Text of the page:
By Tom Espiner
29 November 2005
An MP has called for the creation of a cyber-security tsar and a
national agency to combat the growing threat of cyber crime.
Mark Pritchard, Conservative MP for The Wrekin, used an adjournment
debate last Wednesday to call for more action to address the impact
that cyber crime may have on the UK's critical national infrastructure
The agency should be a unified national cyber-security agency, which
would be a single point of cyber-security information, guidance and
advice for the nation," Pritchard argued.
Pritchard said: "The rise in aggressive viruses and cyber-security
threats is a clear and present danger to Britain's national security.
It is also a threat to Britain's economic well-being."
The MP also claimed that the UK's CNI was threatened by terrorist
He said: "It is interesting that the imprisoned al-Qaeda members have
admitted that their organisation has been attempting to - and no doubt
is still attempting to - develop cyber threats to strike western
However, some security experts - including Bruce Schneier - aren't
convinced that cyber terrorism is a serious threat. Speaking last
week, Schneier said: "I think that the terrorist threat is over-hyped,
and the criminal threat is under-hyped.
"I hear people talk about the risks to critical infrastructure [CNI]
from cyber terrorism but the risks come primarily from criminals. It's
just criminals at the moment aren't as 'sexy' as terrorists."
The CNI includes energy, transport, finance, telecoms and aviation,
which constantly rely on an exchange of information, according to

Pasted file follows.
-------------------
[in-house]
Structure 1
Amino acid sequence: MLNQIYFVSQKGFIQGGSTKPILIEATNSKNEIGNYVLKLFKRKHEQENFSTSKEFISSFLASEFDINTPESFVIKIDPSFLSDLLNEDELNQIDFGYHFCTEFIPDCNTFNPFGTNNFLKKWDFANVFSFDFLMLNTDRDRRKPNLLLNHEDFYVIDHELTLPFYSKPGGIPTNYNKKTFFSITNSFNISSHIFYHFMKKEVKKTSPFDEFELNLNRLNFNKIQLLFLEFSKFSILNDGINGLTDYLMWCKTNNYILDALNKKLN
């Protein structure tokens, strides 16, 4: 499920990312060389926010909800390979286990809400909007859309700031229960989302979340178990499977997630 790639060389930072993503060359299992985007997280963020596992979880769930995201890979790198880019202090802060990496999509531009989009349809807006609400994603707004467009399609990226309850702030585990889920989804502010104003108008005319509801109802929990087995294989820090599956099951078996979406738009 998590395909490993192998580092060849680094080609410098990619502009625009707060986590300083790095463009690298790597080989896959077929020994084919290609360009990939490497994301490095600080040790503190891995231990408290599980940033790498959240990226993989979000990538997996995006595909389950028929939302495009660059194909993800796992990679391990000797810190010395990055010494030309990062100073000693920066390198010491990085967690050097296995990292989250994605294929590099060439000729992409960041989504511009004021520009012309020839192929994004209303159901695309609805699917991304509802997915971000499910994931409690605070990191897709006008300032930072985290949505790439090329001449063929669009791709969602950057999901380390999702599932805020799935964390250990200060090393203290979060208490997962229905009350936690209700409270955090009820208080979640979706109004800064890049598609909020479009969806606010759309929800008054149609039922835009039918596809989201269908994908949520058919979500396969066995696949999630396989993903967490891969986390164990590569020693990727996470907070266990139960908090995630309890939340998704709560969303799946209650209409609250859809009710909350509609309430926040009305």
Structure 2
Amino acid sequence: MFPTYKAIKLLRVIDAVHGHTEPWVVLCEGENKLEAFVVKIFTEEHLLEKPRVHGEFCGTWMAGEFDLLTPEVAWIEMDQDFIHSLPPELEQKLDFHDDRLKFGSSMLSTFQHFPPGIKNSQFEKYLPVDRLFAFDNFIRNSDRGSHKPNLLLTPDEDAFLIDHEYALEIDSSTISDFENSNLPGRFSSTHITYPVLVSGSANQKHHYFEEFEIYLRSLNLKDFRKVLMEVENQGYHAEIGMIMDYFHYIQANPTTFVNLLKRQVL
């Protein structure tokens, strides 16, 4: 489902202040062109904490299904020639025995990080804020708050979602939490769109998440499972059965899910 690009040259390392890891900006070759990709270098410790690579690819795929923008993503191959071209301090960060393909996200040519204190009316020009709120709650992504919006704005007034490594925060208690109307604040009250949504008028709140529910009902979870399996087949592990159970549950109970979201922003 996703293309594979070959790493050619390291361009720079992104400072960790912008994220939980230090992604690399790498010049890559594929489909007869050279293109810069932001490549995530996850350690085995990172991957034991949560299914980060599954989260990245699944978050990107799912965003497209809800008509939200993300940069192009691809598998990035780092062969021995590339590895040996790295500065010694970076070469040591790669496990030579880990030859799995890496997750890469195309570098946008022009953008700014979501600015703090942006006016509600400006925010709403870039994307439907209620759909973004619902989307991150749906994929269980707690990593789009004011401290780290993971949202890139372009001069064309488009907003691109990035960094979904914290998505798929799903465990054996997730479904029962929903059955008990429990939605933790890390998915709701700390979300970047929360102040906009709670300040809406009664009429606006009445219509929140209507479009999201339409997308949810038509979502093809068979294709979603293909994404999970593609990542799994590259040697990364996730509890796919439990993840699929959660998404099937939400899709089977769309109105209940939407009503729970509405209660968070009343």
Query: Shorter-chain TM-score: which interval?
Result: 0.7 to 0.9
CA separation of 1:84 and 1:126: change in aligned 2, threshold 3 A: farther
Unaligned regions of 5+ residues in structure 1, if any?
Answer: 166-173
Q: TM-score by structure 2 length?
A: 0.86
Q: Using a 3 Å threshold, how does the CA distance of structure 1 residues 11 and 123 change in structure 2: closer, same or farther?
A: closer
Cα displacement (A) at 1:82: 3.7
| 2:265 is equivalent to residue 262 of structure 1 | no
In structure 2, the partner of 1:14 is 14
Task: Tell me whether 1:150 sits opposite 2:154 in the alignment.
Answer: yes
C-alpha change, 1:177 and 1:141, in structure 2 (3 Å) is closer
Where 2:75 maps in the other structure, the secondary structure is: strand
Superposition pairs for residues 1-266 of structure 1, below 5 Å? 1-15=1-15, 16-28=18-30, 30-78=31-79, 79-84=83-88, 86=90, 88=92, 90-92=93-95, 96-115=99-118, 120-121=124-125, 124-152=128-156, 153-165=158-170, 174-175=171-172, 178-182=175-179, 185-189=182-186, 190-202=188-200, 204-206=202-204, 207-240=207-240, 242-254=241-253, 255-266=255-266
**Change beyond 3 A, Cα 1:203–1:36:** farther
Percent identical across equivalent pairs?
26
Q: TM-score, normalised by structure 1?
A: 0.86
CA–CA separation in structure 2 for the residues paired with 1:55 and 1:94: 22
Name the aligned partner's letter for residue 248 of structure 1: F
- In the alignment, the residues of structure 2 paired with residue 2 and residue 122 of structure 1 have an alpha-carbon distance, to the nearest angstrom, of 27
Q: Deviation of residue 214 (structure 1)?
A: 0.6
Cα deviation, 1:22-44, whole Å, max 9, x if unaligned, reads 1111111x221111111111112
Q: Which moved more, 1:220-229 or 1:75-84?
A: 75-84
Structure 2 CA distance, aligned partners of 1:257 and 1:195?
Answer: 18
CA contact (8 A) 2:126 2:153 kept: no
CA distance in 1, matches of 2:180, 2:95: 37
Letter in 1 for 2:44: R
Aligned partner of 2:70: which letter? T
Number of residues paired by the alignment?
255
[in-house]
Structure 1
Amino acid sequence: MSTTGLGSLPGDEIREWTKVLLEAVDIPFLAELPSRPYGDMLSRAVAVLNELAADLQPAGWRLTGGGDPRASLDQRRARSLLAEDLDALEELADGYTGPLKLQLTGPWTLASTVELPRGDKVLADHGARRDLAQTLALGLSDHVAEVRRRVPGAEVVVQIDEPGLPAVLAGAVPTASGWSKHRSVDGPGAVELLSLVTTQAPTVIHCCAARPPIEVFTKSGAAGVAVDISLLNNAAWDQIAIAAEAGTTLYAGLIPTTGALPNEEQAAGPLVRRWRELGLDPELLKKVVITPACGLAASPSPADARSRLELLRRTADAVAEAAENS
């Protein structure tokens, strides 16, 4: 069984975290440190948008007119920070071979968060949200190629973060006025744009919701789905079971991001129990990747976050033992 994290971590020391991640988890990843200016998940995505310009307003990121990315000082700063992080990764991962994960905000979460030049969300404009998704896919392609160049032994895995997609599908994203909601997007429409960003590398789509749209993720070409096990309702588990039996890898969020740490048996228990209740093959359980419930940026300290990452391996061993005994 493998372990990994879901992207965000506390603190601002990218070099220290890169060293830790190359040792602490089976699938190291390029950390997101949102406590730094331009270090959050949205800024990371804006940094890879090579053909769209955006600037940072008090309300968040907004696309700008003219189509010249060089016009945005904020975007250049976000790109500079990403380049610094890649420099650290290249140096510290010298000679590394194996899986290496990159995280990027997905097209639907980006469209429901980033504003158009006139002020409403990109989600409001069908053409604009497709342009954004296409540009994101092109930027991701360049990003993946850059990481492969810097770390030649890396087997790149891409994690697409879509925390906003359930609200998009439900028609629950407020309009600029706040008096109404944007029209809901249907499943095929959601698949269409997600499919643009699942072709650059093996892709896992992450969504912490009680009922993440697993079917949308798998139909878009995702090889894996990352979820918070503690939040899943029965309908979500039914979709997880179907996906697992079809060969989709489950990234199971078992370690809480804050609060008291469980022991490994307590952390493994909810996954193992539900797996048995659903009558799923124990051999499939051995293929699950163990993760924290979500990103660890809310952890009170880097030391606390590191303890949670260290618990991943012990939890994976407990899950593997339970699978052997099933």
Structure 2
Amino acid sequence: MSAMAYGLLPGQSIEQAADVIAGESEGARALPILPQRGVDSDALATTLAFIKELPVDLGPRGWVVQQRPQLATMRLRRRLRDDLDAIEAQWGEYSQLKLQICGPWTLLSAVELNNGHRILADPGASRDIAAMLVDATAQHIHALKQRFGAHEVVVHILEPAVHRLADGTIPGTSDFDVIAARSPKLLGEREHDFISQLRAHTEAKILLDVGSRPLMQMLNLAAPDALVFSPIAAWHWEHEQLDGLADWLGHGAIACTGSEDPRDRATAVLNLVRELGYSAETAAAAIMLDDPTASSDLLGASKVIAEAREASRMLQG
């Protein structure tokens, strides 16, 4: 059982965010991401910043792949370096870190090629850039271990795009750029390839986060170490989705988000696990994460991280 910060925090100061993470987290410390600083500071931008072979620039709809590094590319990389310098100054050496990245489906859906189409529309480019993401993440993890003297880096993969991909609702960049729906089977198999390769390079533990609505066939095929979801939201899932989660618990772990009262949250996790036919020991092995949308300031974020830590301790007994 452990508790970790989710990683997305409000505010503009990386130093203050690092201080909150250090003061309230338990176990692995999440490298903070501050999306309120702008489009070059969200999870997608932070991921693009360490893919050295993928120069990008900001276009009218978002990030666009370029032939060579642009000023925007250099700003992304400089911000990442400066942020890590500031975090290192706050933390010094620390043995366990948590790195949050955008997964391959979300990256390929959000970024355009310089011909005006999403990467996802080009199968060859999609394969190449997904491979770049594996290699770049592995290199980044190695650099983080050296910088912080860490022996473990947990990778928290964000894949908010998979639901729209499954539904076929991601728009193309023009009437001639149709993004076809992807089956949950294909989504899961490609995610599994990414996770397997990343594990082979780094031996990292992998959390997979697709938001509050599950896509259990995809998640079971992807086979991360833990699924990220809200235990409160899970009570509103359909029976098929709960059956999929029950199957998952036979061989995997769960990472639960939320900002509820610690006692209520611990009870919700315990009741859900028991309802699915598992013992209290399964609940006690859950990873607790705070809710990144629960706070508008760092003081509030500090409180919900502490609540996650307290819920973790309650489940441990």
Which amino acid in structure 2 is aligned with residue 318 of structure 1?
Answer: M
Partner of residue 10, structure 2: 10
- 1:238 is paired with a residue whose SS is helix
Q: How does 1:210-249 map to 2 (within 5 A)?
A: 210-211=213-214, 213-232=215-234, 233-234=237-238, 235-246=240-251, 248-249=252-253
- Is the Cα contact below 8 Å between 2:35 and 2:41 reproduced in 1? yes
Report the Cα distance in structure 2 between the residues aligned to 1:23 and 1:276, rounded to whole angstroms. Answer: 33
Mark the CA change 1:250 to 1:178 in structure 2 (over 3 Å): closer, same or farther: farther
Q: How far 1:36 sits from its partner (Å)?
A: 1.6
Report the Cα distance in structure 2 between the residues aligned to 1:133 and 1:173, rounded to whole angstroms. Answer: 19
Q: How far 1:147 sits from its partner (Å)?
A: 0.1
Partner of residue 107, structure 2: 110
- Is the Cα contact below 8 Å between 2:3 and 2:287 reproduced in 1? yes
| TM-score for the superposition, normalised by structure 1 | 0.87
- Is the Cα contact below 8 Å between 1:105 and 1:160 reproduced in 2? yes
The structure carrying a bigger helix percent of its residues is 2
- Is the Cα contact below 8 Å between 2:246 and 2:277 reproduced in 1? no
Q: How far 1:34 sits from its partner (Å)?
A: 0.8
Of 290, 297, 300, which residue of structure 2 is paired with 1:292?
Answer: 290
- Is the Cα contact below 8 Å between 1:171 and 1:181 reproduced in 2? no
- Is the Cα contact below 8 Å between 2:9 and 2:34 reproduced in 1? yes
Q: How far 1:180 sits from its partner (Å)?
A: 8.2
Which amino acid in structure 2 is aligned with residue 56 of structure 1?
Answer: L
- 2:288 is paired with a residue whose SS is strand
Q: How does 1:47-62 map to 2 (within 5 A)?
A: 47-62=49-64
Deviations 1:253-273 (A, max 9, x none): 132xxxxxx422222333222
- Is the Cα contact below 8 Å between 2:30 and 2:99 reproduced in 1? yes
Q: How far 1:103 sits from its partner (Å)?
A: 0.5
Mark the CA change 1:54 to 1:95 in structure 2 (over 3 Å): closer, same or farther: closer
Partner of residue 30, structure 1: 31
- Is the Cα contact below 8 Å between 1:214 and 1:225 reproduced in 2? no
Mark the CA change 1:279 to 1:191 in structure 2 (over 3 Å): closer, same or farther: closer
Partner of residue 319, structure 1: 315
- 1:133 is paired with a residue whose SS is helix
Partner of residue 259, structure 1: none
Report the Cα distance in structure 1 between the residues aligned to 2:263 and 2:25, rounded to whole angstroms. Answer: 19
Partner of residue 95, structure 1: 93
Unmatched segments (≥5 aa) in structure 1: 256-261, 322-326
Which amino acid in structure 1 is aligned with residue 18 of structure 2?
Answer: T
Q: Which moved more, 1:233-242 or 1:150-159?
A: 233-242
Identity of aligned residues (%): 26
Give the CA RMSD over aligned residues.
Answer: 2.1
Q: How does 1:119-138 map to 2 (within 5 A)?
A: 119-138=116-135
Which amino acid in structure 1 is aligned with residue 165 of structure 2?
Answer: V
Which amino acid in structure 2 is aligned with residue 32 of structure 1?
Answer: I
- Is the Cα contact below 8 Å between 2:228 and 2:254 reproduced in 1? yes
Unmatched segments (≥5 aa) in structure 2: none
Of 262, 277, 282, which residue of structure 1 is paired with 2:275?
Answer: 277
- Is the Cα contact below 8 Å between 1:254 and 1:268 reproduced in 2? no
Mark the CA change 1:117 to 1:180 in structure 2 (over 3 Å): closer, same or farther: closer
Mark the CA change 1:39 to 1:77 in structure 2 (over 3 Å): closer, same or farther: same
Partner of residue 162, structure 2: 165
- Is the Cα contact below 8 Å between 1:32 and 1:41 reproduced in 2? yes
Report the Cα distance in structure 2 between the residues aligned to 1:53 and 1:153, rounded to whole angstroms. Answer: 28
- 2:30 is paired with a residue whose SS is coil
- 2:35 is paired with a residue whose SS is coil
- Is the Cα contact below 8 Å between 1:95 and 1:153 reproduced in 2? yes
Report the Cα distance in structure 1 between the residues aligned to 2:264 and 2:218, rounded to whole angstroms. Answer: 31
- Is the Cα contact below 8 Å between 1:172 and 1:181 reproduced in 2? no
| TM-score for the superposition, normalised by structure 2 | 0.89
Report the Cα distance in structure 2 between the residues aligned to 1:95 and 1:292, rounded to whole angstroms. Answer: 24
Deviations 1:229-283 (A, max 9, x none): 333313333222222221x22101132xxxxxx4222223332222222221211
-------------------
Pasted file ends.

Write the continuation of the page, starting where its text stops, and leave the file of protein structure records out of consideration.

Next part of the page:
Pritchard, who suggested that the nuclear industry could be a target.
Pritchard said: "A penetration of any of those networks would be a
serious threat to national security, not least when it comes to the
potential to access Britain's 14 nuclear power stations."
He also claimed that cyber attacks had a detrimental effect on
consumer confidence. He quoted a figure of 200,000 cases of
internet-based identity fraud, at a cost to the UK economy of at least
=A316m. Online credit fraud has also increased by 29 per cent, he added.
In response, the government said Pritchard was making sensible
suggestions, and stressed the need for secure networks but said it had
no plans to regulate internet use.
Barry Gardiner, parliamentary under-secretary of State for Trade and
Industry, said: "It is not the government's role to manage the
internet, or regulate how business is conducted through it. There is a
role for government and business to work together in a non-regulatory
The government also pointed to its creation of the National
Infrastructure Security Coordination Centre and said it had recently
allocated =A330m to protect government information.
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